Masku Mäksmäki. Kuvaaja: Teija Tiitinen

Protecting the archaeological cultural heritage

Ancient relics are protected as reminders of our country’s earlier inhabitants and history. They are the only existing source material from the prehistoric period and a vital part of the study on historical sites and objects.

Ancient relics form the oldest datable element in the cultural landscape and therefore also the reference point for studying the various sections of the landscape. Many stationary relics, once they are restored, maintained and marked with a sign, function as notable sights and teaching locations.

Archaeological cultural heritage also includes younger structures and sites that are not, according to the Finnish Heritage Agency, considered stationary relics as defined in the Antiquities Act, but whose preservation is deemed justifiable due to their historical importance and cultural heritage values. Proposals for the preservation of such cultural heritage entities may be made through town planning, for example.

The Finnish Heritage Agency, several provincial museums and some city museums monitor the effects of land-use planning on stationary relics and other archaeological cultural heritage. The museum authorities provide statements regarding the protection to landowners, municipalities, planners and other authorities. The Finnish Heritage Agency organises and monitors all archaeological surveys required for the protection work.  

Ancient relics are protected by the Antiquities Act (295/63). According to this Act, all ancient relics are protected as reminders of Finland’s earlier inhabitants and history. Without permission issued under the Act, it is forbidden to excavate, cover, alter, damage or remove ancient relics or disturb them in any other way.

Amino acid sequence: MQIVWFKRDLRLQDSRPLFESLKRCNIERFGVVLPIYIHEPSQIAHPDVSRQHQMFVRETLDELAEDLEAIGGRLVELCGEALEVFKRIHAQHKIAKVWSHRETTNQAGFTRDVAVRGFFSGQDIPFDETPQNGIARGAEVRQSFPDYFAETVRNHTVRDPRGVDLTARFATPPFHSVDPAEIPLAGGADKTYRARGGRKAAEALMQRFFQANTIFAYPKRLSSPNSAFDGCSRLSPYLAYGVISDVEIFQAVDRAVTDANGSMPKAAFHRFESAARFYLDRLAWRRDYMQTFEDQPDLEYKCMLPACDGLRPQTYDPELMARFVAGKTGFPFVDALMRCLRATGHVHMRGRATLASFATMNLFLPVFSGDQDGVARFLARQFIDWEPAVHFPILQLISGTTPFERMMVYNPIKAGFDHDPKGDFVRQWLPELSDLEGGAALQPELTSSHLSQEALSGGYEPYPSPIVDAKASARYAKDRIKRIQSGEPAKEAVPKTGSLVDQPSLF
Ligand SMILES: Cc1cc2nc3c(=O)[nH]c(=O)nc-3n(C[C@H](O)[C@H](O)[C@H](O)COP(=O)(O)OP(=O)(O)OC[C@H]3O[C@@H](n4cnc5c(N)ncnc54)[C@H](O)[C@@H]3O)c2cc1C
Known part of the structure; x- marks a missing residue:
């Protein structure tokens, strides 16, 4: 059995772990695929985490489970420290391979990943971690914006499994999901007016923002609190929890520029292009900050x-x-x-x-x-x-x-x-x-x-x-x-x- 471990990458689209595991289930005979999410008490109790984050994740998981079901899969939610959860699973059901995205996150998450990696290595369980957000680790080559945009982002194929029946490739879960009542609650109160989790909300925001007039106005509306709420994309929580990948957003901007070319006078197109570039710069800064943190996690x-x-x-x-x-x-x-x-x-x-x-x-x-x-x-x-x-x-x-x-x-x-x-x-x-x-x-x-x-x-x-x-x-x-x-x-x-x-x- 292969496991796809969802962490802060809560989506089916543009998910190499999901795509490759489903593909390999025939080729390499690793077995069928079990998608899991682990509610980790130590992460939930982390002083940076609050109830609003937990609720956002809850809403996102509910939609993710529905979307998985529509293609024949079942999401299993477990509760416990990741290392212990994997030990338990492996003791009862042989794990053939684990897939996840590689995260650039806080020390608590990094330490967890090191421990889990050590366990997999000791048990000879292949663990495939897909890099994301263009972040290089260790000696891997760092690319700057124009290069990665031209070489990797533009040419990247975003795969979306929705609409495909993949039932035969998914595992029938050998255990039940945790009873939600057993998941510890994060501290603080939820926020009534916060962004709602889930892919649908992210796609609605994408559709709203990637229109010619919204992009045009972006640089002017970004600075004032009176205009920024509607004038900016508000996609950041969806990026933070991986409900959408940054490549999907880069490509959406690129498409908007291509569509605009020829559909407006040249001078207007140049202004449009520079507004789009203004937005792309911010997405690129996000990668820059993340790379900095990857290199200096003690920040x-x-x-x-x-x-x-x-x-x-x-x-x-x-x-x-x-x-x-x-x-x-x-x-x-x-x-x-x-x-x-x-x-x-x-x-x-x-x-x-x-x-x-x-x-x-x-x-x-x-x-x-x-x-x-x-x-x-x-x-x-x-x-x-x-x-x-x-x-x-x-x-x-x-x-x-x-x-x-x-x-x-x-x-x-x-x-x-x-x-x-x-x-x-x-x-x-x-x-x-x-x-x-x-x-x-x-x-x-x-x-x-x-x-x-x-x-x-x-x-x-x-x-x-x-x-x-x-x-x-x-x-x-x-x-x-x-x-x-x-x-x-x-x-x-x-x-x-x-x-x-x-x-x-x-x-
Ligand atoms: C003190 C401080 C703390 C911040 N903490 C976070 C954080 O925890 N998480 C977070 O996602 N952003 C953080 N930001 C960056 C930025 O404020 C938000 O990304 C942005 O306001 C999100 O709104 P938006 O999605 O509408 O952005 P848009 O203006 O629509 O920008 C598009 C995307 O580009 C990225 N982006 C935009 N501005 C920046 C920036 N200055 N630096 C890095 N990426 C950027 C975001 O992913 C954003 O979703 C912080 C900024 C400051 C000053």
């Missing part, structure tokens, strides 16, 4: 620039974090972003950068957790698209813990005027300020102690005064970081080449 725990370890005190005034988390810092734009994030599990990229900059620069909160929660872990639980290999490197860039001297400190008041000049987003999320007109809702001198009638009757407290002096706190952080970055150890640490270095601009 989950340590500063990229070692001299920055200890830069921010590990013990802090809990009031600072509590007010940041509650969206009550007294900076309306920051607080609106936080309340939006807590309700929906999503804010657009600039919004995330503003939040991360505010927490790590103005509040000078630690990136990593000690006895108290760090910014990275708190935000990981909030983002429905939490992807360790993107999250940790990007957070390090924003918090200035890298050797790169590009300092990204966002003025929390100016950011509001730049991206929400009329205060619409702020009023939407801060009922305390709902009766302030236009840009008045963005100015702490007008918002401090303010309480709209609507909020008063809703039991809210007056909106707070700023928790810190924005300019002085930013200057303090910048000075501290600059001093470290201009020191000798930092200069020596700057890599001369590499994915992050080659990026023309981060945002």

The Antiquities Act automatically protects all stationary relics governed by the Act and prohibits activities that might endanger the preservation of a relic. Stationary relics do not have a specific age limit. The Act covers both prehistoric and historical entities. The youngest items on the protection list are the defence equipment from World War I. The Finnish Heritage Agency is in charge of the protection of entities located on land, underwater and on the shores.

The Antiquities Act decrees that anyone planning a public land-use project or a town plan must identify the potential effects of their plan to a stationary relic. According to law, the party realising a public or a large private project must provide the funds for the necessary surveys required by the project. According to the Land Use and Building Act, other archaeological cultural heritage can also be taken into account in addition to stationary relics.

If, during excavation work, a stationary relic is discovered, the Act decrees that all work must cease and the Finnish Heritage Agency must be notified. Field inventories for relics are made and the entities marked on plans of different levels regularly so that these situations, disruptive to the developers and landowners, would not occur.

Read more:

Arkeologisen kulttuuriperinnön opas (‘Guide to archaeological cultural heritage’, in Finnish).
Historiallisen ajan kiinteät muinaisjäännökset (‘Stationary relics from the historical period’, in Finnish).
Suomen arkeologisten kenttätöiden laatuohjeet (‘Quality instructions on archaeological field work in Finland’, in Finnish).
Arkeologinen kulttuuriperintö ja kaavoitus (‘Instructions regarding archaeological cultural heritage and town planning’, in Finnish).